Debt-laden oil services company Paragon Offshore Plc has reached an agreement with creditors to restructure its $2.7 billion of debt in bankruptcy court, according to a statement released Friday.
Under the plan, the oil services provider will be able to reduce more than $1.1 billion of debt and loosen some covenants, the company said. It plans to file for Chapter 11 in Delaware by Sunday.
Demand for Paragon’s services has dried up as its customers cut back on their drilling activities amid plunging oil prices. The company, which was spun off from Noble Corp. in 2014, owns a fleet of 40 rigs, mostly in shallow waters from Mexico to the North Sea.
Holders of 77 percent of Paragon’s $984 million senior unsecured notes maturing 2022 and 2024 agreed to receive $345 million in cash and 35 percent in equity in the reorganized business, the statement said. Existing shareholders will retain the remaining 65 percent of the equity. Bondholders are eligible to receive up to $50 million in addition if the company meets certain earnings targets in 2016 and 2017.
Paragon’s $800 million revolving loan maturing in 2019 will be paid down by $165 million, and creditors who own the loan agreed to convert about $631 million of the facility to a term loan. The maturity will be extended to 2021. The net leverage ratio and interest coverage covenants on the loans will be suspended until 2018.
The agreement was a result of discussions between the company and its creditors that started in December. On Jan. 15, Paragon said it wouldn’t make a $15.4 million interest payment on its 2022 bonds as it continued talks.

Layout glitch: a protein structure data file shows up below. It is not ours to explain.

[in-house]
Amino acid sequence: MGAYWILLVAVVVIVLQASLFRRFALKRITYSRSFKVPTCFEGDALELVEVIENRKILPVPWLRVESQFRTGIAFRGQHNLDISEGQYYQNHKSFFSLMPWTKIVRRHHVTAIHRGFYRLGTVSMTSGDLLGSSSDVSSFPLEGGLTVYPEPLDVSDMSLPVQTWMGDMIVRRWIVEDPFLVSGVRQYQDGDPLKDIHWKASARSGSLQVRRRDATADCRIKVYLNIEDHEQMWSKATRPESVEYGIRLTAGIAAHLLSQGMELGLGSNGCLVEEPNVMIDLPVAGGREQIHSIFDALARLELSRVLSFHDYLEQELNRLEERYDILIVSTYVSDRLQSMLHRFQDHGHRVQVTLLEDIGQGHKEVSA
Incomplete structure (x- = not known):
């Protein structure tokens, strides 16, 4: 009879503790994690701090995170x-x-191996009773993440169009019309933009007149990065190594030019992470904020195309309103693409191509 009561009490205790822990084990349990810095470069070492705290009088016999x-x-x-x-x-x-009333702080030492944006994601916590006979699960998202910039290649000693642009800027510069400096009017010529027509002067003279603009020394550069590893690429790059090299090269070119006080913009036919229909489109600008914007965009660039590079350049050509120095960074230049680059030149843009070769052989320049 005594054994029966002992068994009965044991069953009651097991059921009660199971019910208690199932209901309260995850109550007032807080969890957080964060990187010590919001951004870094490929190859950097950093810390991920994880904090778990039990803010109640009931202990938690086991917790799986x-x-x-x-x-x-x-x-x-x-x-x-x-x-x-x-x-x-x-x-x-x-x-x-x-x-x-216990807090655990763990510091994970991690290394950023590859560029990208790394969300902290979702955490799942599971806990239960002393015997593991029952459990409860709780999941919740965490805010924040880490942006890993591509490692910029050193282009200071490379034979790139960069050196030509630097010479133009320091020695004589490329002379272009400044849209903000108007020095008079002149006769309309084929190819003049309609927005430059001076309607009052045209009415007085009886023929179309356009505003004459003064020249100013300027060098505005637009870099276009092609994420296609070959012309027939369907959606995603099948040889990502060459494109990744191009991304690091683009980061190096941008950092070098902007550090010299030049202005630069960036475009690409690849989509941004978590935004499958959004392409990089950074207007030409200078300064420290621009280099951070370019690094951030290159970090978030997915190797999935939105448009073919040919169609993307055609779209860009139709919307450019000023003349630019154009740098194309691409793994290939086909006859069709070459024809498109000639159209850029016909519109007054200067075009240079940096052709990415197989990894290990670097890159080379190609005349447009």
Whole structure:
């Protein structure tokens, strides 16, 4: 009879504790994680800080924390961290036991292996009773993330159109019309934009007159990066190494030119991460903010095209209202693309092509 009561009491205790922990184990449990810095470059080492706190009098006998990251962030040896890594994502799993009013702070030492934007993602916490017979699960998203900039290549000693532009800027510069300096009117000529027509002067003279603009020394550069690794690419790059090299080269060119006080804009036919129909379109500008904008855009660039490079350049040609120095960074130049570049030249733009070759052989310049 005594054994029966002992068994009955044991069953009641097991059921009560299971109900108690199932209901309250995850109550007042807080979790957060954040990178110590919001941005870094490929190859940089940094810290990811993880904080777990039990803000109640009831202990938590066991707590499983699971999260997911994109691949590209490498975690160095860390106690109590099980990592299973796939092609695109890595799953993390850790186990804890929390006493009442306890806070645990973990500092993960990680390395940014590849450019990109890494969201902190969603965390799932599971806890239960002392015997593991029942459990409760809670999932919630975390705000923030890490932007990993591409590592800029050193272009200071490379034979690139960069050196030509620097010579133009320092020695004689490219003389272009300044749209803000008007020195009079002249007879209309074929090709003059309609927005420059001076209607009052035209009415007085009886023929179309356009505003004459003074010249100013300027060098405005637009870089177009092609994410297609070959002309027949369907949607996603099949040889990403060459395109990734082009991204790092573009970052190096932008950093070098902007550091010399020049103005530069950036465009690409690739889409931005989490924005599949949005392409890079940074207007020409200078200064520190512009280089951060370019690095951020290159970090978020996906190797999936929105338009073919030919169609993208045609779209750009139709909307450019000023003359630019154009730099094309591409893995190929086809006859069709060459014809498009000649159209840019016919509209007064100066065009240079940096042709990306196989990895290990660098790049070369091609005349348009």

The restructuring will position the company “for long-term growth,” Paragon Chief Executive Officer Randall Stilley said. “Paragon will continue to operate as usual, paying our employees and vendors in the normal course while providing the same high level of service to our customers.”
The company’s former parent, Noble, said Friday it reached an agreement with Paragon that would release the larger company from all claims related to the spinoff. The settlement calls for Noble to assume certain pre-spinoff obligations related to Paragon’s Mexican tax matters.
Paragon shares jumped on the news of the agreement but are still down about 90 percent in the past 12 months. They were trading at 31 cents at 9:52 a.m. in New York Friday. Noble climbed the most in more than seven years on the agreement, and the stock was trading at $7.66 at 9:54 a.m. in New York.
Paragon is the latest oil service provider to head to bankruptcy court after oil prices fell more than 70 percent since June 2014. Many drillers have suspended activity because it’s no longer profitable. Offshore rig owners like Paragon face the dual problem of a glut of new drilling vessels entering the market just as customers are slashing spending. Hercules Offshore Inc., owner of the largest fleet of shallow-water drilling rigs in the Gulf of Mexico, said Thursday that it is exploring strategic alternatives just three months after emerging from bankruptcy.